Earlier this month, a Virginia court of appeals denied a defendant’s request to overturn his DUI conviction. Originally, the defendant was charged with and convicted of driving under the influence, and he was sentenced to twelve months in jail as a result. On appeal, one of the defendant’s arguments was that the officer that pulled him over did not have the legal authority to conduct the traffic stop, and thus that the evidence the officer obtained should have been suppressed at trial. Ultimately, the court of appeals disagreed with the defendant and denied the appeal.
Facts of the Case
According to the opinion, a state trooper was patrolling one afternoon when he noticed the defendant, driving with an expired vehicle registration on the back of his car. The officer proceeded to conduct a traffic stop, pulling the defendant over on the side of the road.
At that point, the trooper noticed that the defendant had several orange prescription drug bottles in the car. He also noticed that the defendant’s breath smelled of alcohol, as well as that the defendant’s eyes appeared to be bloodshot. The trooper proceeded to conduct several field sobriety tests, and the defendant was unable to walk in a straight line or stand on one leg during the tests.
The defendant was arrested, and officers found additional medicine and alcohol scattered throughout his car after they arrested him. A trial court found the evidence sufficient to prove that the defendant was intoxicated while driving, and he was convicted accordingly.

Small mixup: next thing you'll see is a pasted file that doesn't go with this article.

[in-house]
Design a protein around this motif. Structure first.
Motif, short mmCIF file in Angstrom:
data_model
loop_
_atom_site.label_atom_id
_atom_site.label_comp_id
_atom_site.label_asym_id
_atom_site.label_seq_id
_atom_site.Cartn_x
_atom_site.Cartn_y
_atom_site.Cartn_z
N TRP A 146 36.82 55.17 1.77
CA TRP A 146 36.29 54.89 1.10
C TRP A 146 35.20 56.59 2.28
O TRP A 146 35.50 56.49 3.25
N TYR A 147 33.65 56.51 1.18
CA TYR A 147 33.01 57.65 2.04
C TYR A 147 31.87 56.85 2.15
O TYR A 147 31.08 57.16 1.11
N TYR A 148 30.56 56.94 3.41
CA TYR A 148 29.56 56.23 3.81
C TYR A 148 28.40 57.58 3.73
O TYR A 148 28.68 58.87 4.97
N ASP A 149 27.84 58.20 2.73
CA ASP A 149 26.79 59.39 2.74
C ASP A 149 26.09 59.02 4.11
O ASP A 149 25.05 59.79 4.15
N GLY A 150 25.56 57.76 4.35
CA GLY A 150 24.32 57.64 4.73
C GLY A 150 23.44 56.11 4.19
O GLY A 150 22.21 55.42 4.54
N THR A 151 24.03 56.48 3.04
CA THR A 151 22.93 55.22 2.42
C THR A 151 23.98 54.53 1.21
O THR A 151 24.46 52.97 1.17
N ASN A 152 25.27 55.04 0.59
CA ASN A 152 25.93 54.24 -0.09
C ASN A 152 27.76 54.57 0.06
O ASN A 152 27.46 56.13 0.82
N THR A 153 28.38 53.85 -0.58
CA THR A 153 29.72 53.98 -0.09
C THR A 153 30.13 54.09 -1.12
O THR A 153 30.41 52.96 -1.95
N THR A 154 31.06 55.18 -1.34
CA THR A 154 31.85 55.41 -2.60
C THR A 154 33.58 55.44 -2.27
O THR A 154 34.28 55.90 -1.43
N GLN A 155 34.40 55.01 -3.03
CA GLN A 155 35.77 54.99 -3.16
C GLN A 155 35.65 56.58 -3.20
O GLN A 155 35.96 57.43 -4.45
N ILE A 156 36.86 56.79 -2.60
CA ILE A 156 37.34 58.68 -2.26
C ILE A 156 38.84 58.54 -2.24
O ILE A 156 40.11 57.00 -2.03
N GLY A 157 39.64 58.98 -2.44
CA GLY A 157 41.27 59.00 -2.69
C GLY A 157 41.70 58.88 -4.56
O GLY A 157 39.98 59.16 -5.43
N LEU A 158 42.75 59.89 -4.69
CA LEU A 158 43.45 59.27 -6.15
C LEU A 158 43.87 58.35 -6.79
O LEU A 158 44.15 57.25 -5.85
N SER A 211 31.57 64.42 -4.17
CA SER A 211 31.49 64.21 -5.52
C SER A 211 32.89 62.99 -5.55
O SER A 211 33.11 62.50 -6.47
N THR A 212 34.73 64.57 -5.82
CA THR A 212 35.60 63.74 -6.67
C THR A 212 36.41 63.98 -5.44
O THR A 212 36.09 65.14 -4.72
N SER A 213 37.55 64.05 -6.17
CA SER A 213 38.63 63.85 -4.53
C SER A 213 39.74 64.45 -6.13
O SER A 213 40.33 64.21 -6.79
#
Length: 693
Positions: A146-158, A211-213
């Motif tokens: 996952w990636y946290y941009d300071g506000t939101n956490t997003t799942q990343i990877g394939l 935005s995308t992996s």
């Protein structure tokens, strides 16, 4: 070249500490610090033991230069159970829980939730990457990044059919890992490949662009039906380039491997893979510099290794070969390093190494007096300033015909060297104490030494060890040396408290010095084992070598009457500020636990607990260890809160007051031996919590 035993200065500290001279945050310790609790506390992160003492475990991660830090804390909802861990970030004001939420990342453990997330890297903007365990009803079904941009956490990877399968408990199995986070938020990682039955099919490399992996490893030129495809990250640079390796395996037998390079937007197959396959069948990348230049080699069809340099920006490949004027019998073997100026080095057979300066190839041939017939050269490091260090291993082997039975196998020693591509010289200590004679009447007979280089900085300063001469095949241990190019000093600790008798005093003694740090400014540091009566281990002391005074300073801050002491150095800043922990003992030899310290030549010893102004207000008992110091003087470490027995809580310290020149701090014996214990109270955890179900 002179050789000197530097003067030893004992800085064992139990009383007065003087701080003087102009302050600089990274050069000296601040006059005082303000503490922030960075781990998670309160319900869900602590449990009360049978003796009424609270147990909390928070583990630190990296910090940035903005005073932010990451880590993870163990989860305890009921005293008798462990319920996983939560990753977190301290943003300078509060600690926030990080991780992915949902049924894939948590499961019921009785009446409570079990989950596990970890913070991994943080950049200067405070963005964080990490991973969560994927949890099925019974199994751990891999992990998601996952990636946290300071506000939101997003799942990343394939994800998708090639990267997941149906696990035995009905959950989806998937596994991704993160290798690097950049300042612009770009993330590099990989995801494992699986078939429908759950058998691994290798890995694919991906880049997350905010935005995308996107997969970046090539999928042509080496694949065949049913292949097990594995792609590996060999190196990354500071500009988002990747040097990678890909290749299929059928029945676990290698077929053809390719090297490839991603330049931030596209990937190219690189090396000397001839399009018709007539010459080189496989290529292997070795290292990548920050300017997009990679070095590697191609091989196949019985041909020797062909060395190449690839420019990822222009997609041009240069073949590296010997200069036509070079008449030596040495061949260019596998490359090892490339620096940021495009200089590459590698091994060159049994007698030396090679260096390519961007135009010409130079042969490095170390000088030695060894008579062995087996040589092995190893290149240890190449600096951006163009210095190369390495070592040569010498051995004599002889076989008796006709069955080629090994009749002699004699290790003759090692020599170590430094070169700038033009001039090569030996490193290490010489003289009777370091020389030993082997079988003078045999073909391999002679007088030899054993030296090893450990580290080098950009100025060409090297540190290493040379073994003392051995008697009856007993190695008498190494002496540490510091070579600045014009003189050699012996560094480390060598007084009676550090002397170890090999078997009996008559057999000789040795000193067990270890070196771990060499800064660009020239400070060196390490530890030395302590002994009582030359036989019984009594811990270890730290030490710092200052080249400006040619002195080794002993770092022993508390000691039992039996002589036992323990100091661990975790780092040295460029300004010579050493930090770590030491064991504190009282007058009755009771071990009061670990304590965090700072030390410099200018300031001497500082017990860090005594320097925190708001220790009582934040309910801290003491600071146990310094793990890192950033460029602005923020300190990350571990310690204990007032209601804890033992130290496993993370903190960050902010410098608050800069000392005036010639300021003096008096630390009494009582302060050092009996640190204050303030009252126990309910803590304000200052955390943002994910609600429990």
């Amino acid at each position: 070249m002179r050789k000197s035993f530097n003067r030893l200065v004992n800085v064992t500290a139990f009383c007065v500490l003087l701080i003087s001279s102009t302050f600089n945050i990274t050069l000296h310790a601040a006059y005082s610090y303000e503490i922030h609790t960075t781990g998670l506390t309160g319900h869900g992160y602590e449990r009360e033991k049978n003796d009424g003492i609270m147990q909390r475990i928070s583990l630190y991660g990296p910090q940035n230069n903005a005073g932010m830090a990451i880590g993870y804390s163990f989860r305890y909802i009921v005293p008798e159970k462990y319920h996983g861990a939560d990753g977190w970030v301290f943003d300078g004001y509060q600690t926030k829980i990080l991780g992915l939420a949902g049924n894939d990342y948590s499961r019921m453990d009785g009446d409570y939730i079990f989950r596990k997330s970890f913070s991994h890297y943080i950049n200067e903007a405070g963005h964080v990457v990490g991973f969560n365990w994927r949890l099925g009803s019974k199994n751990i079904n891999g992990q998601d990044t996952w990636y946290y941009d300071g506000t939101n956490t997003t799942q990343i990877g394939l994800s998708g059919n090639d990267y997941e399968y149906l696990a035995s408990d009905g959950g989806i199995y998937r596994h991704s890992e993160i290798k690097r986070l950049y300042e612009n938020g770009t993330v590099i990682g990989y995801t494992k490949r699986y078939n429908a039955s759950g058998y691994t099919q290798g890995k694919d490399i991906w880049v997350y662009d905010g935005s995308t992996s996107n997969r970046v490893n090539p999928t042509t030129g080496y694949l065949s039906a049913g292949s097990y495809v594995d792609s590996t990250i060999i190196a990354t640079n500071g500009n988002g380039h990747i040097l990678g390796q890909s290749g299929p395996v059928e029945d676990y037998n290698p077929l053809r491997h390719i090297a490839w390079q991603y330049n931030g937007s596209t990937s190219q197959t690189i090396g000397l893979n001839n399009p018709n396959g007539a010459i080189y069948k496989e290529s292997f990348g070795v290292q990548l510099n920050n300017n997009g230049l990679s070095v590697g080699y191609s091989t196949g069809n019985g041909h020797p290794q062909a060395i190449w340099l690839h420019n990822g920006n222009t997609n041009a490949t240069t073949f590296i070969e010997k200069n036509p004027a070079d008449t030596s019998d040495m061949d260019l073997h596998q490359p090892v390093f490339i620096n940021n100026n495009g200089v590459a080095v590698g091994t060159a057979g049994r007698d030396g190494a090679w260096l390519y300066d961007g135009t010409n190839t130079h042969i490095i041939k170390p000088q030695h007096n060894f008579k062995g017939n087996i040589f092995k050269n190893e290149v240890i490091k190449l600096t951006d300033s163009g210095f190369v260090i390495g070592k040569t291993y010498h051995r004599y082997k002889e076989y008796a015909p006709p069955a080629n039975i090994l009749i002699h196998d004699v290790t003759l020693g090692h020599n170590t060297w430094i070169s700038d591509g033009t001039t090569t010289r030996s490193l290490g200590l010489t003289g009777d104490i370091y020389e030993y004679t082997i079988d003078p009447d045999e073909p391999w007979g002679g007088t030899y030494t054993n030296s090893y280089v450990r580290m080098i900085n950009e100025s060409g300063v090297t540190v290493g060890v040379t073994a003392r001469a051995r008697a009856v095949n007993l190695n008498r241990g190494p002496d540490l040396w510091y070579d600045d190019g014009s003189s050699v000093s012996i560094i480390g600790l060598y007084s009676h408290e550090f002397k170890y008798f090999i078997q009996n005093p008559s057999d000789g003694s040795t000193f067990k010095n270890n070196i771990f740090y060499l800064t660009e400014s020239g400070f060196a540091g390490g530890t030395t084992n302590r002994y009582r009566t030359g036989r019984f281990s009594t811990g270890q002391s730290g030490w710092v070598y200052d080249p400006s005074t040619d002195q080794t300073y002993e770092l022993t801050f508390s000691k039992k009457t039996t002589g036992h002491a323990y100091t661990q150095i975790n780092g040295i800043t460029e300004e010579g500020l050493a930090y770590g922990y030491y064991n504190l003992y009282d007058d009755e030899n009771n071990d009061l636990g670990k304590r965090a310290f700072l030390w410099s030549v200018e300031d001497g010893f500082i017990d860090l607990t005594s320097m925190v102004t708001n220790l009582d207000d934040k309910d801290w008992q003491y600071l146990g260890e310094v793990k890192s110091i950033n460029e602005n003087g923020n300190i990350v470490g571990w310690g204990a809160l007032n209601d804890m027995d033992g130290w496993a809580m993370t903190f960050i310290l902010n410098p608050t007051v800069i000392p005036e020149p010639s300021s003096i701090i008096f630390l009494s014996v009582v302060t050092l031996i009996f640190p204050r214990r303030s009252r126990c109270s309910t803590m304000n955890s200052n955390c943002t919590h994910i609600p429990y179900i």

On appeal, the defendant cited a Virginia regulation stating that no law enforcement officer is allowed stop a car for expired registration prior to the first day of the fourth month after the original expiration date. The regulation also says that if an officer discovers evidence as a result of a premature stop, that evidence is inadmissible in court. Here, said the defendant, the officer stopped him for expired registration before the officer was legally allowed to do so. Thus, the evidence obtained as a result of the stop should have been excluded at trial.
The court considered the defendant’s argument but ultimately noted that the regulation in question took effect in March 2021. The defendant was arrested for driving under the influence in 2019, and the new law did not apply retroactively. Even though the legislature had decided in 2021 that stopping a driver for expired registration before the required amount of time was illegal, the law would not apply to traffic stops that had taken place prior to the law’s enactment.
Thus, said the court, the officer’s stop here was perfectly legal. The evidence obtained was admissible at trial, and the defendant’s appeal was denied.
Are You Facing DUI Charges in Fairfax County?
At Robinson Law, PLLC, we understand that finding yourself up against criminal charges for driving under the influence is a scary place to be. We have over 50 years of combined experience in criminal, traffic, and DUI defense, and we are eager to use our expertise to your advantage. We handle cases not related to domestic violence, assault, and battery, drugs, DUIs, and guns. For a free and confidential consultation with one of our attorneys, call us today at 703-542-3616.